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Proof for Dividing Fractions


Date: 01/18/2002 at 11:35:12
From: Cathy
Subject: Proof - dividing fractions

I am sure there is a proof for dividing fractions. Could you please 
send it to me?


Date: 01/18/2002 at 12:06:45
From: Doctor Peterson
Subject: Re: Proof - dividing fractions

Hi, Cathy.

Do you mean an explanation as to why we divide fractions the way we 
do? Try the Dr. Math FAQ:

   Dividing Fractions
   http://mathforum.org/dr.math/faq/faq.divide.fractions.html   

An actual proof will depend somewhat on what definitions and axioms 
you want to base the proof on. Several of the links at the bottom of 
the FAQ give informal demonstrations that could be turned into proofs. 

But let's try doing it algebraically. Just to make sure I don't 
accidentally assume what I'm proving, I'll write "DIV" for the 
division sign rather than "/" as usual, which sort of implies the 
connection between fractions and division. I'll suppose that we have 
defined a fraction as a pair "a/b" for which equality, addition, and 
multiplication have been defined in the standard ways.

We want to determine the value of a/b DIV c/d. First, we have to know 
how we are defining division. I would define it as the inverse of 
multiplication, so that

    x DIV y = z  if and only if  x = y * z

So our answer, a fraction x/y, must satisfy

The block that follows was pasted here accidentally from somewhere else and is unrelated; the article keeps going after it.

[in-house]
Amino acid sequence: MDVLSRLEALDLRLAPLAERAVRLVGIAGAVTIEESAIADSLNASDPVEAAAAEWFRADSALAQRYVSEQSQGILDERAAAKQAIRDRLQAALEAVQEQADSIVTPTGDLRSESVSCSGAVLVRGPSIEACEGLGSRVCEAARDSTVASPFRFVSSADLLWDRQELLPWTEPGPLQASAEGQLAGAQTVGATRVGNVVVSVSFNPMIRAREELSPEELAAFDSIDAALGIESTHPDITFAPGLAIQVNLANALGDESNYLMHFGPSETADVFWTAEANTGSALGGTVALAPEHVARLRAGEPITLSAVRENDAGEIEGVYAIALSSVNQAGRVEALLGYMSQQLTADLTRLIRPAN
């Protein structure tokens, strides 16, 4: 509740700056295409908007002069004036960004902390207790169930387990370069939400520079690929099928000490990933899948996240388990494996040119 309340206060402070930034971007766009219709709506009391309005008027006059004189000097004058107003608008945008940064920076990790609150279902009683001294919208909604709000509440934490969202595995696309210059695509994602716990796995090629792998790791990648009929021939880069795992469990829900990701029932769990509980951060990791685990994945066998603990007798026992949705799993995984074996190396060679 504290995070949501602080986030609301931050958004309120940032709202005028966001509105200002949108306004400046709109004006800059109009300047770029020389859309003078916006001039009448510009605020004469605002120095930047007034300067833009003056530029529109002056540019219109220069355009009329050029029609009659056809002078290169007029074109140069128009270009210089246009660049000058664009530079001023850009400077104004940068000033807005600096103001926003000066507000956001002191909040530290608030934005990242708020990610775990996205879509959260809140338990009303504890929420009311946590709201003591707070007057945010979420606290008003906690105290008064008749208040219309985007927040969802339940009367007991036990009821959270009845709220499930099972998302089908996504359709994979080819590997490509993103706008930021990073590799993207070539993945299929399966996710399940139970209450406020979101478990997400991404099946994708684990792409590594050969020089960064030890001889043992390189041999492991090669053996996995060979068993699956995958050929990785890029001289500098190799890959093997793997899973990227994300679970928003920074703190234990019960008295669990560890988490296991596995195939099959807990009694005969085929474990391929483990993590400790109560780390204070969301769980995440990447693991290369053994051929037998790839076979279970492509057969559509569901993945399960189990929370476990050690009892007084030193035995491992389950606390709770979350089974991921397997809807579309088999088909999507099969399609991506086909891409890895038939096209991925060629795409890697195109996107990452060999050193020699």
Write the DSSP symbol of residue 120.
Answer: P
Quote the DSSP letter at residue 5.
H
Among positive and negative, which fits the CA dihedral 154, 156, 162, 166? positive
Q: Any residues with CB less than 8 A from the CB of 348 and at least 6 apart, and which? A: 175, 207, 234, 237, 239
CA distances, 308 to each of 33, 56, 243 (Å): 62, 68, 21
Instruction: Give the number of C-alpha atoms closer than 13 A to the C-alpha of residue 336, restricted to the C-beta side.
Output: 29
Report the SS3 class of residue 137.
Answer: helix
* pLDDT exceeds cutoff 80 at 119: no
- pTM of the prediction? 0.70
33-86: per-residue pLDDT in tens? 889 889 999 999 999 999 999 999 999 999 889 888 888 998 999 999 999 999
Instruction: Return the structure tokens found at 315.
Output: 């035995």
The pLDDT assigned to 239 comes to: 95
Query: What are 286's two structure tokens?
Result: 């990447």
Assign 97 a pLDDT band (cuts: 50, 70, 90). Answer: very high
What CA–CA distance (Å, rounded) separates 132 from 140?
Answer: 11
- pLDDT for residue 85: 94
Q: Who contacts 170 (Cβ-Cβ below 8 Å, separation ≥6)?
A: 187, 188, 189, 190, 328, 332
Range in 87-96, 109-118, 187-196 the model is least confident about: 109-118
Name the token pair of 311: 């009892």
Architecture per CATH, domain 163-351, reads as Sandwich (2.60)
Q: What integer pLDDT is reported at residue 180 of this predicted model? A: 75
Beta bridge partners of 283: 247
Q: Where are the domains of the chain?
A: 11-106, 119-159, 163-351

a/b DIV c/d = x/y  if and only if  a/b = c/d * x/y

By the definition of fraction multiplication,

    c/d * x/y = (cx)/(dy)

Therefore,

    a/b DIV c/d = x/y  if and only if  a/b = (cx)/(dy)

Now, how do we define equality of fractions?

    x/y = u/v  if and only if  xv = uy

So we can say

    a/b DIV c/d = x/y  if and only if  ady = bcx

and again, reinterpreting it as a different pair of fractions,

    a/b DIV c/d = x/y  if and only if  x/y = (ad)/(bc)

But the right side, by the definition of multiplication, is 
(a/b)(d/c); so we've found that

    a/b DIV c/d = (ad)/(bc) = (a/b)(d/c)

But this means that we divide by c/d by multiplying by d/c.

Is that the sort of proof you want?

- Doctor Peterson, The Math Forum
  http://mathforum.org/dr.math/   
    
Associated Topics:
Elementary Fractions
Middle School Fractions

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